Ms Webb’s lack of strong leadership in the face of such a serious issue is another disappointing moment in her tenure. In some circles, her silence – what she considers ‘neutrality’ – is being considered as complicitness in a system that continuously accepts and allows police officers to “shoot first” and ask questions later.
The basic question most of us still want to know the answer to is – why couldn’t this have been handled differently?
Use of Taser protocols in NSW
Exactly what kind of circumstances could possibly justify a police officer to taser a frail 95-year old woman, causing her to fall and sustain head injuries, when she was by all accounts “ moving towards officers slowly,” assisted by a walking frame, even though armed with a steak knife?
Also of concern is that several other trained medical professionals including the dementia care facility staff and paramedics were on the scene as is the fact that the NSW Police Use of Taser protocols (page 23) state that a taser should not be used – unless ‘exceptional circumstances’ exist – on an elderly or disabled person.
Exceptional circumstances are defined as “circumstances that would cause a reasonable person to believe that prompt and unusual action is necessary to prevent actual bodily harm to self or others”.
The closed ranks around the entire issue are so typical of the NSW Police Force which frequently seems to forget that it has a duty to “serve and protect” the communities it serves, and further, that it is funded by taxpayer dollars. Taxpayers who expect better.
Clare Nowland died as a result of injuries she sustained in a fall after being tasered and there are now calls for the police officer who pulled the trigger to face additional charges, or for the charges against him (recklessly causing grievous bodily harm), to be upgraded.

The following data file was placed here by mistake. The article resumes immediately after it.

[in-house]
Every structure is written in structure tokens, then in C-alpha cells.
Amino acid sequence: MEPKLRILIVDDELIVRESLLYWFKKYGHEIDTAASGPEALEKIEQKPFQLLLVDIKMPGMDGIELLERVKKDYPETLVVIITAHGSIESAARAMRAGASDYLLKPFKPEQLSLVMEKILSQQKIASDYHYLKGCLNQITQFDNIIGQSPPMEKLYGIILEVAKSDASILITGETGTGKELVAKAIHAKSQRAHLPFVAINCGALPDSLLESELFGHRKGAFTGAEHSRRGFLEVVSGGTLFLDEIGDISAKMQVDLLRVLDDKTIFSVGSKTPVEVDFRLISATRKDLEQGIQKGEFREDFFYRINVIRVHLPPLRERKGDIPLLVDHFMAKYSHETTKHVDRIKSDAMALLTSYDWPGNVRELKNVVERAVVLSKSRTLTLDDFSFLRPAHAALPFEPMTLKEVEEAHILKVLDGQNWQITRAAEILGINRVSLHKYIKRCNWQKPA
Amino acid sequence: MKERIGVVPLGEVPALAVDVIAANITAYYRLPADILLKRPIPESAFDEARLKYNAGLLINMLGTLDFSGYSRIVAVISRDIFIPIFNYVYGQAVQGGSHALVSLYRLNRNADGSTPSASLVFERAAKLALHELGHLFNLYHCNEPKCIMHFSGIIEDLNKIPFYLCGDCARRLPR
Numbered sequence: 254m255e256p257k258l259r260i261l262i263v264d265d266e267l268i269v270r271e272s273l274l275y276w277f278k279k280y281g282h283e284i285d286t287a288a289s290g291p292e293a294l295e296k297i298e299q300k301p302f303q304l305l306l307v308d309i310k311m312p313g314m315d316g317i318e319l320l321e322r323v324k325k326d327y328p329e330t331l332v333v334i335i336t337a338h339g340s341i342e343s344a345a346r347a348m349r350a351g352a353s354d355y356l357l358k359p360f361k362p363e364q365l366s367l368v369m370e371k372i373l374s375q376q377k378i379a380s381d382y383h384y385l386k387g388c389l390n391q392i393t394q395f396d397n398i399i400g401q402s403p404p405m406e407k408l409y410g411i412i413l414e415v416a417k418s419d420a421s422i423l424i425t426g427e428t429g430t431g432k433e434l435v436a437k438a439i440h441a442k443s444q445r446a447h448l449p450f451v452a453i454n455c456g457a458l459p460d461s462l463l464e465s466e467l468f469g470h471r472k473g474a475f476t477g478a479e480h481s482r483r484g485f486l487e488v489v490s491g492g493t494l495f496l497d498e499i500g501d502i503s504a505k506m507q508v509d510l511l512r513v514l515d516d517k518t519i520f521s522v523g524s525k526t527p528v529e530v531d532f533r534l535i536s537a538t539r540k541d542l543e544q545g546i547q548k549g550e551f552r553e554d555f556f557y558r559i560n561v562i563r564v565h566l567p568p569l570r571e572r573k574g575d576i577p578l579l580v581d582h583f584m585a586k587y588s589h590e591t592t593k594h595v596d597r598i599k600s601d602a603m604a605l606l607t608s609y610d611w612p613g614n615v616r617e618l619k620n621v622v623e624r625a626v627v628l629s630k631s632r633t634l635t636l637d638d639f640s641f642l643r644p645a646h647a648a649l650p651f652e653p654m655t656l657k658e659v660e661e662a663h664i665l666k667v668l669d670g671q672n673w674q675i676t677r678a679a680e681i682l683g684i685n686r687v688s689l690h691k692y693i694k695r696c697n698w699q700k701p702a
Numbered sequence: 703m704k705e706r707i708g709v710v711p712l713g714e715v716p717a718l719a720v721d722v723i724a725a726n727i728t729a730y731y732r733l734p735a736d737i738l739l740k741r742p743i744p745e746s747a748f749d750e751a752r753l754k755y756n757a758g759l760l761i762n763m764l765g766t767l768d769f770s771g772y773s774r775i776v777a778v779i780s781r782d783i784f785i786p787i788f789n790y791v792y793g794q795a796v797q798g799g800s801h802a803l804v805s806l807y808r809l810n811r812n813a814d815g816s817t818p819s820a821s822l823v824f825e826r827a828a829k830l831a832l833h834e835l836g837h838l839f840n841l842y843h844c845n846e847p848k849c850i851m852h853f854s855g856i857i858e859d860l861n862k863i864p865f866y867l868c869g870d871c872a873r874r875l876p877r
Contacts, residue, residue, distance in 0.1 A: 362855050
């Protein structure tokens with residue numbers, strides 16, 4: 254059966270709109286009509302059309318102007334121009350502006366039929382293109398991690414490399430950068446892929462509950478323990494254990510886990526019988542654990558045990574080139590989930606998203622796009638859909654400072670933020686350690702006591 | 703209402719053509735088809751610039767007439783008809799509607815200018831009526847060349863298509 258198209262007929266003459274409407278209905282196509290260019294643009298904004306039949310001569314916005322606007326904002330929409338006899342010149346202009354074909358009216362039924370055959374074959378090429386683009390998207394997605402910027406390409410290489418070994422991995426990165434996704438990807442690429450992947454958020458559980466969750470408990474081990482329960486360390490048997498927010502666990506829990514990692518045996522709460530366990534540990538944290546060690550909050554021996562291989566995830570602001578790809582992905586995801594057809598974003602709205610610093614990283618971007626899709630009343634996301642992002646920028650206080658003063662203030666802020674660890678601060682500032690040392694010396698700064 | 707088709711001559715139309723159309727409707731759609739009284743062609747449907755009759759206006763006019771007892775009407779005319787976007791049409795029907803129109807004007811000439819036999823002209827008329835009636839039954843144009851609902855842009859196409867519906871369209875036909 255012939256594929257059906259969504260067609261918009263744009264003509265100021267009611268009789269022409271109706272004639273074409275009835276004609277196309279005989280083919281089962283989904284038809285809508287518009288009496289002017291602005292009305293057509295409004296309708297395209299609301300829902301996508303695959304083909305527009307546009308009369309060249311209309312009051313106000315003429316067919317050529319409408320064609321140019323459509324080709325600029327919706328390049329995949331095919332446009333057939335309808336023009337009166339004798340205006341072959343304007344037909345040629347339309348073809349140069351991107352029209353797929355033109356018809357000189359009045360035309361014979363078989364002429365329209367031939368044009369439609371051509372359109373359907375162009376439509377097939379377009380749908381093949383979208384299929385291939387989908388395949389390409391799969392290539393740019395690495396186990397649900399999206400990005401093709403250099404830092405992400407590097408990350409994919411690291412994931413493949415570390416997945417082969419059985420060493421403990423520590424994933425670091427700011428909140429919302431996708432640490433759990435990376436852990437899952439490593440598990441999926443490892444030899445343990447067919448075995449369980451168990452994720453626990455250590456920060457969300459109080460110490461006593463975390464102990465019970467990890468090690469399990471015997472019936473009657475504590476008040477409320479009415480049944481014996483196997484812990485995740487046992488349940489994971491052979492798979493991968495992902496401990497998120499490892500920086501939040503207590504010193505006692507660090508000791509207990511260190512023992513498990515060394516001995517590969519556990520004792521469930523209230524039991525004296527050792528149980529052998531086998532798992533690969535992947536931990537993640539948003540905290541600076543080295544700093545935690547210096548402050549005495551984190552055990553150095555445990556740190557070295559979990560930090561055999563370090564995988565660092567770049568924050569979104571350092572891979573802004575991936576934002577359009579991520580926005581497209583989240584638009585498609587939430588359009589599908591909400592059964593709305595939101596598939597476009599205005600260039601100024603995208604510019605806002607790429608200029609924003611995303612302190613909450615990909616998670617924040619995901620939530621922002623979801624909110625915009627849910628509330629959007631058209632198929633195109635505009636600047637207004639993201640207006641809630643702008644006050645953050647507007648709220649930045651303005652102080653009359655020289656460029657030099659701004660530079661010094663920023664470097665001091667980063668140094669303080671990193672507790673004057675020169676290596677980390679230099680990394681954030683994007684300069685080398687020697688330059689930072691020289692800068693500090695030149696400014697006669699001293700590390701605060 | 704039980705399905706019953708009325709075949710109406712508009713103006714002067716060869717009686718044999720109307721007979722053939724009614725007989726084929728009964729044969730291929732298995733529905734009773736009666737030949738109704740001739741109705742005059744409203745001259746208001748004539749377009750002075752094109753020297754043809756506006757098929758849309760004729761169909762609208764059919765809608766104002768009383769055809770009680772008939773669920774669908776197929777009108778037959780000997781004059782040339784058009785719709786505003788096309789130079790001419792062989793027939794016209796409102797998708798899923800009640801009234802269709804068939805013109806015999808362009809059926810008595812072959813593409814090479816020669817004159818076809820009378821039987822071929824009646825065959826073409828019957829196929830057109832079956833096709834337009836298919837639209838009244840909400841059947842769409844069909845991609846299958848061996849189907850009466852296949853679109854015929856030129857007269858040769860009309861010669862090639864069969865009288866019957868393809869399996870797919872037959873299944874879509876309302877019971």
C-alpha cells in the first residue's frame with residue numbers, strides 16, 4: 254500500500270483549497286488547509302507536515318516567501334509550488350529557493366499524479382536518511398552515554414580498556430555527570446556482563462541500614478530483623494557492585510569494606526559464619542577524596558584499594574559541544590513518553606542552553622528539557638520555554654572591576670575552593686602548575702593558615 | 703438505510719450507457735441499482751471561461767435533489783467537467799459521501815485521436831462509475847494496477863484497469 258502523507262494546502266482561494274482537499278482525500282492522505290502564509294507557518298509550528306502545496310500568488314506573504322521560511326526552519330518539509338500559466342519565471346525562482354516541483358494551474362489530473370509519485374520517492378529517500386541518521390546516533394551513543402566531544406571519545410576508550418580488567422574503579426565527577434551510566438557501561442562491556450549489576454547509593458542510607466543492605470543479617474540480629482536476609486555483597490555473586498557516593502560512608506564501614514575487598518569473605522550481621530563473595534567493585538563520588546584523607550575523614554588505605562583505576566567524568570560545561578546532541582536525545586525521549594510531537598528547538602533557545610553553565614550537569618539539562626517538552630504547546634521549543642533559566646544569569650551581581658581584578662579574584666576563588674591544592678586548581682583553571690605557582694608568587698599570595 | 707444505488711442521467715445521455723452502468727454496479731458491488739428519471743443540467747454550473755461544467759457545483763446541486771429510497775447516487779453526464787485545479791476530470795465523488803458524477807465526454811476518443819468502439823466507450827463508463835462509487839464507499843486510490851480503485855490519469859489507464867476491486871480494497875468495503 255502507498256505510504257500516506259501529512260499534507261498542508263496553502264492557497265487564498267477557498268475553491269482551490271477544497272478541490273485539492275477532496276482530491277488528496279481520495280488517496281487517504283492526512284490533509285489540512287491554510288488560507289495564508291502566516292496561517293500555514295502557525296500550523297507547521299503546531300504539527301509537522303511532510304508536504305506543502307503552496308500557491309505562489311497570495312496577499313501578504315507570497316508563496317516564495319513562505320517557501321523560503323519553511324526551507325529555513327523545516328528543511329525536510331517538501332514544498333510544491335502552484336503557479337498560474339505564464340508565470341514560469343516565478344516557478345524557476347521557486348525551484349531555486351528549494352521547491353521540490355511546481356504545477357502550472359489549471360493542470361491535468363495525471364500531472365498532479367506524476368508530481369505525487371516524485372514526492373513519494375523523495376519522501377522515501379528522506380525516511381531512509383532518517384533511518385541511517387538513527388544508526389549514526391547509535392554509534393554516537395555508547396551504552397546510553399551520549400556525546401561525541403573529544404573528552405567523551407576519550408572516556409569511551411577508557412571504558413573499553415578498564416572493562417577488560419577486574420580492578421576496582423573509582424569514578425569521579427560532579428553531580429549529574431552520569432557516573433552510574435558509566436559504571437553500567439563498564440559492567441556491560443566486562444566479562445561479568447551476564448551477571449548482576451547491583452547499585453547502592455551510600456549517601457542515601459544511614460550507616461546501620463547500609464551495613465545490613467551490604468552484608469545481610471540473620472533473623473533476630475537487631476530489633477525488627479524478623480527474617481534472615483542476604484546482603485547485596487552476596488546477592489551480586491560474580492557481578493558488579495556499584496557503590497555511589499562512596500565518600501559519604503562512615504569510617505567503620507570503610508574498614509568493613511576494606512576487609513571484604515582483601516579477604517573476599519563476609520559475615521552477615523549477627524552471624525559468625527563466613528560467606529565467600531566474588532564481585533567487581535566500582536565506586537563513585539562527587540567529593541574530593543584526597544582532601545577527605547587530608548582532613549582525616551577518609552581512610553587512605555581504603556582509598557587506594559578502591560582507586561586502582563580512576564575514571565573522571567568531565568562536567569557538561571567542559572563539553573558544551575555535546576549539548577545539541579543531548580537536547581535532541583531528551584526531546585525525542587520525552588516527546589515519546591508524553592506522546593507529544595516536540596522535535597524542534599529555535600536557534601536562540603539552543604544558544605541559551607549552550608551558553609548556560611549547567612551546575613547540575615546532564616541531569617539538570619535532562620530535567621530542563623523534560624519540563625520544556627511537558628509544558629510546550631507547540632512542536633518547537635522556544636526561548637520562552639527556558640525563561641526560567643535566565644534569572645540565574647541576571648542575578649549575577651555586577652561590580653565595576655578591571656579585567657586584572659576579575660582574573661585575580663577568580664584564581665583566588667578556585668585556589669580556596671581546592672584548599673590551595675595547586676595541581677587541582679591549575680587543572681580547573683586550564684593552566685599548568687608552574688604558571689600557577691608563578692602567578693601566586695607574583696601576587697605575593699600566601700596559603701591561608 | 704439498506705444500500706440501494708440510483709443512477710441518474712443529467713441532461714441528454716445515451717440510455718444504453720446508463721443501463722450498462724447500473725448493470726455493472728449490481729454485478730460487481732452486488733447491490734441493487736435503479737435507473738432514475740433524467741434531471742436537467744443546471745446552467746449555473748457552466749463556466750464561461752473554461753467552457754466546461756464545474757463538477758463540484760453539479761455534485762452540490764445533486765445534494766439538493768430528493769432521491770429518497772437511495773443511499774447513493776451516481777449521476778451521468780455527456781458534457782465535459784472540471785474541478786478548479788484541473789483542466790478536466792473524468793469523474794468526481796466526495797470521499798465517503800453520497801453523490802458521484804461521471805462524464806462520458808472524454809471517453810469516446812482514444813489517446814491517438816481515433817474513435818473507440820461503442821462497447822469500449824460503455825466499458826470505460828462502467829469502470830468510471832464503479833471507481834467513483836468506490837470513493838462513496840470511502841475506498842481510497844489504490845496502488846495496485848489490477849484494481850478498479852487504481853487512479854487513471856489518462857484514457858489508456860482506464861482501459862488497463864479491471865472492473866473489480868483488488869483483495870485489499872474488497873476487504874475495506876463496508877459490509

Impact of the increasing militarisation of the NSW Police Force
The fact is we live in a time when mental health issues are on the rise and it’s an acknowledged fact that police don’t have the appropriate skills and training to be first responders, and yet little to nothing is being done about that.
We’re also living in a time where police are routinely heavily armed with both ‘lethal’ and ‘non-lethal’ weapons, mostly dressed in a militarized style.
Clearly the two don’t mix well – too regularly there are stories of police using force in situations which require compassion and an understanding of mental health.
Time and again the statistics show that no matter how heavily armed police are, it doesn’t make communities safer.
“The Weapons Effect”
One of the reasons for that is the basic psychology of weaponry – it’s questionable whether carrying a weapon would boost the confidence of the person carrying it, but a lot of studies have shown that weapons – in particular tasers and guns – do exacerbate fear and often lead to escalated tension.
What’s more, studies suggest the mere presence of a gun can potentially increase aggressive thoughts and perceptions of hostility – this is known as ‘The Weapons Effect.’
We also need to ask whether an over-reliance on weaponry has meant that police officers are losing their communication skills – the ability to connect and negotiate. And while that’s not easy to answer, we have to remember that not all countries around the world have police officers who routinely carry weapons. In fact 19 don’t – the UK is one of them, and so is New Zealand.